You would also have learnt from me that SARS at the time was grossly selective in administering their disciplinary code. For example, a branch manager at Durban, who happens to be of Indian origin, was reinstated by Ivan Pillay, without any process followed, after she had pleaded guilty to awarding a huge tender to her brother.

Another glaring example involves a Roodepoort branch manager who engaged in a scheme of creating false VAT accounts and fraudulently claiming refunds. That individual was found guilty, but a SARS senior manager, Frank Stark, persuaded Ivan Pillay not to fire her as she once saved SARS from a robbery.

Having said all that, I still maintain my innocence and claim that the charges levelled against me were prejudicially and mischievously handled by individuals who had their own narrow self-interests to serve.

I call on you to remove your reference to Kenneth Fitoyi from the said article.

Kenneth K. Fitoyi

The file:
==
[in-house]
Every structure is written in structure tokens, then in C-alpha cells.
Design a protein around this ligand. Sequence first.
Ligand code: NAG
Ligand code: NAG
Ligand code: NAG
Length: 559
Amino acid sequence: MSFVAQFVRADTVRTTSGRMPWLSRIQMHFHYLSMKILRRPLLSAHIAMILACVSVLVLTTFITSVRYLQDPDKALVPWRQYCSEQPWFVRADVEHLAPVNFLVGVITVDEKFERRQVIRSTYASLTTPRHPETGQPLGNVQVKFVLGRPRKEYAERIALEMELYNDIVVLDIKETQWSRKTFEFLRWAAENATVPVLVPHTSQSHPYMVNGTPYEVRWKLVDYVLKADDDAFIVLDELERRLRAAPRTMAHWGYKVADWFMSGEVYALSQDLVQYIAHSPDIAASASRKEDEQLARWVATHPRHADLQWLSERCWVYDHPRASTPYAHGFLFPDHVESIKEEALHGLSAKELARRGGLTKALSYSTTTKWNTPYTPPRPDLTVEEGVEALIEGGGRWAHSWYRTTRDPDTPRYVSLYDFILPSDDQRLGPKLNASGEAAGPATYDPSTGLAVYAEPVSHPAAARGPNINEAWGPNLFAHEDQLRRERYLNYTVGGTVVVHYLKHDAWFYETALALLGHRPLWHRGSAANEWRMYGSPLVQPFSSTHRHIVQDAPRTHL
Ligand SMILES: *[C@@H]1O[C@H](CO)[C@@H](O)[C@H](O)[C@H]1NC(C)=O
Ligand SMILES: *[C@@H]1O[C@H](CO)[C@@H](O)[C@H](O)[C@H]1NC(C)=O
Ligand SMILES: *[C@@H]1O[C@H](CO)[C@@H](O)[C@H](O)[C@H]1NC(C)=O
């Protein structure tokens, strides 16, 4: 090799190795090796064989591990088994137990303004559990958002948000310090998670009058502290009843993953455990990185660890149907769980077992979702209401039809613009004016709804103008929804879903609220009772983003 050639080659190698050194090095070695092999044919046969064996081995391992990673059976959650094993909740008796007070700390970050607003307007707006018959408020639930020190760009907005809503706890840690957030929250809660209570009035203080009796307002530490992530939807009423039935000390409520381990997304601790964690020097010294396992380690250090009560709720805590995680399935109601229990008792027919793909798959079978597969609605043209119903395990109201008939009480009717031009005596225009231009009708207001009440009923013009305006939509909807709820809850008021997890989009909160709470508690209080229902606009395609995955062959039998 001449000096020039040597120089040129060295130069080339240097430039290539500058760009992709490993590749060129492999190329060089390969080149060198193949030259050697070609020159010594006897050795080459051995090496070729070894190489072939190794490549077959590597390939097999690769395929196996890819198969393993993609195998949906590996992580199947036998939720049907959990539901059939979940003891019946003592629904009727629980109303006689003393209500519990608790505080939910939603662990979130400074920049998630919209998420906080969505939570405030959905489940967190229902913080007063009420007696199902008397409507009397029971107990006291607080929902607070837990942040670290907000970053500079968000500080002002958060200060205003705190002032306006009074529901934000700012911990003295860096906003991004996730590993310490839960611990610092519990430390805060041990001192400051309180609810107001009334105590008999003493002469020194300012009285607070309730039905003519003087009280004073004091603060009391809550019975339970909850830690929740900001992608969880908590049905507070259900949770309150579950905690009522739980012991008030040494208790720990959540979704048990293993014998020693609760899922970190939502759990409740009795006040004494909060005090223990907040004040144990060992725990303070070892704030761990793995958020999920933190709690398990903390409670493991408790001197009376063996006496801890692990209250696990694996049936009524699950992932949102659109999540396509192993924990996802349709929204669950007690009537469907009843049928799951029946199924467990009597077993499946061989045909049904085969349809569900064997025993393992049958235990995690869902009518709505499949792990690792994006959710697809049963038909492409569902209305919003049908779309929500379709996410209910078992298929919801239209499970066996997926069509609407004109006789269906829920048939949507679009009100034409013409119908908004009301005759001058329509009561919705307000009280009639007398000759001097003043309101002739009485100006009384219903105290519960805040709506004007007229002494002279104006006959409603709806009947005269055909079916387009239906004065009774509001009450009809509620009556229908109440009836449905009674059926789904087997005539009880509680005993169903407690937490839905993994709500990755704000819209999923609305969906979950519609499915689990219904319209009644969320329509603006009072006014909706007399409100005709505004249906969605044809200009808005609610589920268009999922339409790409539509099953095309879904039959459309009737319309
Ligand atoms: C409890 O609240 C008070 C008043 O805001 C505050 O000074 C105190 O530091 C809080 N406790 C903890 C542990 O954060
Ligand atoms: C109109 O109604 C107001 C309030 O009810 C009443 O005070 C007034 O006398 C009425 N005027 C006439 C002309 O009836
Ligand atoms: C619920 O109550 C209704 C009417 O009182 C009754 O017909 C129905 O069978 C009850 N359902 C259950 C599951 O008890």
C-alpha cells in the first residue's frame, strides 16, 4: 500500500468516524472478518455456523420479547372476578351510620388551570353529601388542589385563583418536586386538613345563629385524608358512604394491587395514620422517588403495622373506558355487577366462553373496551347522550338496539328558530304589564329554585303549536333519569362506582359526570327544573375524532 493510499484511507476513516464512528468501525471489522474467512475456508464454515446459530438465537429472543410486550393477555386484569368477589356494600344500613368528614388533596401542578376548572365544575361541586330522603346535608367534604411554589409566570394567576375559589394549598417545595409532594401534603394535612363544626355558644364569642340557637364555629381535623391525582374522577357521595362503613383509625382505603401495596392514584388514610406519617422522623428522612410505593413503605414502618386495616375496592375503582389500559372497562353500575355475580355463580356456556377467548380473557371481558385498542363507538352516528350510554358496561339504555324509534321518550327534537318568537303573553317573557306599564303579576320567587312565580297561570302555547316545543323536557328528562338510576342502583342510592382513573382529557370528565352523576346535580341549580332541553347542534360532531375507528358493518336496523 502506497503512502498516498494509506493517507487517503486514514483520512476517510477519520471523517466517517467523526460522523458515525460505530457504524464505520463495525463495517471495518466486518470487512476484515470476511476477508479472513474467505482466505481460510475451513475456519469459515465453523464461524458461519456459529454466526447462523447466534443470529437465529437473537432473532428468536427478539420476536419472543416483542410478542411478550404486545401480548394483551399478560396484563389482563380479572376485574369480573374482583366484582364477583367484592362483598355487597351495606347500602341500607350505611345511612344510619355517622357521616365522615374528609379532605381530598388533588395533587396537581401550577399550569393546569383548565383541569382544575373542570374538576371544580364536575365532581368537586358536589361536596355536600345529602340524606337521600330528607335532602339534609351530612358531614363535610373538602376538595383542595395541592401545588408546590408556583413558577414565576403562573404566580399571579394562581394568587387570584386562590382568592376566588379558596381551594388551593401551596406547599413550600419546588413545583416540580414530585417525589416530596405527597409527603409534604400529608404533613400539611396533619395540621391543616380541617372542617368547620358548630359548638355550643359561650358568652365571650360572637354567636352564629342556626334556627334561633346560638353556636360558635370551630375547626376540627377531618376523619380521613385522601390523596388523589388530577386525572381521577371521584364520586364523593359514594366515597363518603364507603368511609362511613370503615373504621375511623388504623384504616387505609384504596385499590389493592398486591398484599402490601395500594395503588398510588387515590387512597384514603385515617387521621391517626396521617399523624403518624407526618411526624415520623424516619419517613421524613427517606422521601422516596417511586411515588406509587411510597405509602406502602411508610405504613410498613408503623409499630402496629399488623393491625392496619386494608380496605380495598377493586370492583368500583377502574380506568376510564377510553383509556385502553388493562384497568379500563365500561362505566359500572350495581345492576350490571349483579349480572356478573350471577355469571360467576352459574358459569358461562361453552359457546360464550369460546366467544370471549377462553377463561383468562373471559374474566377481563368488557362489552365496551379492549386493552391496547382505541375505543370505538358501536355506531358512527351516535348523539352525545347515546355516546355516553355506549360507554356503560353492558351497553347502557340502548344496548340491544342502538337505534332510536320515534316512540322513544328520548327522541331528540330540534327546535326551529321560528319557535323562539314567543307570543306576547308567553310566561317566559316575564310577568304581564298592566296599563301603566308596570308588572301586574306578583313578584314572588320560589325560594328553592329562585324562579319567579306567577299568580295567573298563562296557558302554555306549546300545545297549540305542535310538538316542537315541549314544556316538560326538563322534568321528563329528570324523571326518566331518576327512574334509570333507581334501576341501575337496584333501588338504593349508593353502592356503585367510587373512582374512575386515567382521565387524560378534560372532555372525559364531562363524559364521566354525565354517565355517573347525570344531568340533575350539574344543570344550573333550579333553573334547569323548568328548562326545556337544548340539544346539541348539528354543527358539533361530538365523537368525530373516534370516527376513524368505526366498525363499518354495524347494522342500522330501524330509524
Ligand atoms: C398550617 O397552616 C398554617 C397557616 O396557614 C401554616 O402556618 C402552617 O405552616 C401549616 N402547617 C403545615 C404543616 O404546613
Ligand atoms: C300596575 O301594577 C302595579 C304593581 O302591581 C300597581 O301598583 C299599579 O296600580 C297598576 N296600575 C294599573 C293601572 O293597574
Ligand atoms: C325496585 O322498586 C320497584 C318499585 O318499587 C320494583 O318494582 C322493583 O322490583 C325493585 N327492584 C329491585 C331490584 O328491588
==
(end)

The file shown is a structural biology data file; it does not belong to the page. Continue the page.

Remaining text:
By email

The fact is: you signed a confession and were dismissed. That remains relevant to our story. We are happy to record your qualifying comments and note with interest the additional information you have tendered. We also look forward to receiving SARS’s response.Ed.

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Submitted by : Clive Varejes of GALLO MANOR on 2016-03-09 15:48:03
It would seem that MTN has decided that their customers in the SA market must be milked as much as possible in order that MTN be able to pay their fine to the Nigeria authorities.
Their customer service has become deplorable.
They seem to be having major problems with their network ( could this be as a result of them diverting every spare cent to their Nigeria operation?).
I was charged the despicable rate of R3.60 per minute for "out of contract calls" which has to be the most expensive rate I have ever experienced in this or any other country.
They now, despite the fact that you have, say 300 free sms's, charge additional amounts for MMS.
They seem to have decided that their customers are simply a hinderance to their business operations rather than clients who should be looked after.
Their so called "retentions department"now refuse to take calls.
After 2 decades of MTN I now will vote with my feet, as I have no doubt will tens of thousands of others and port my number as soon as my contact ends.
Oh, and MTN it will not be totsiens, it will be Goodbye.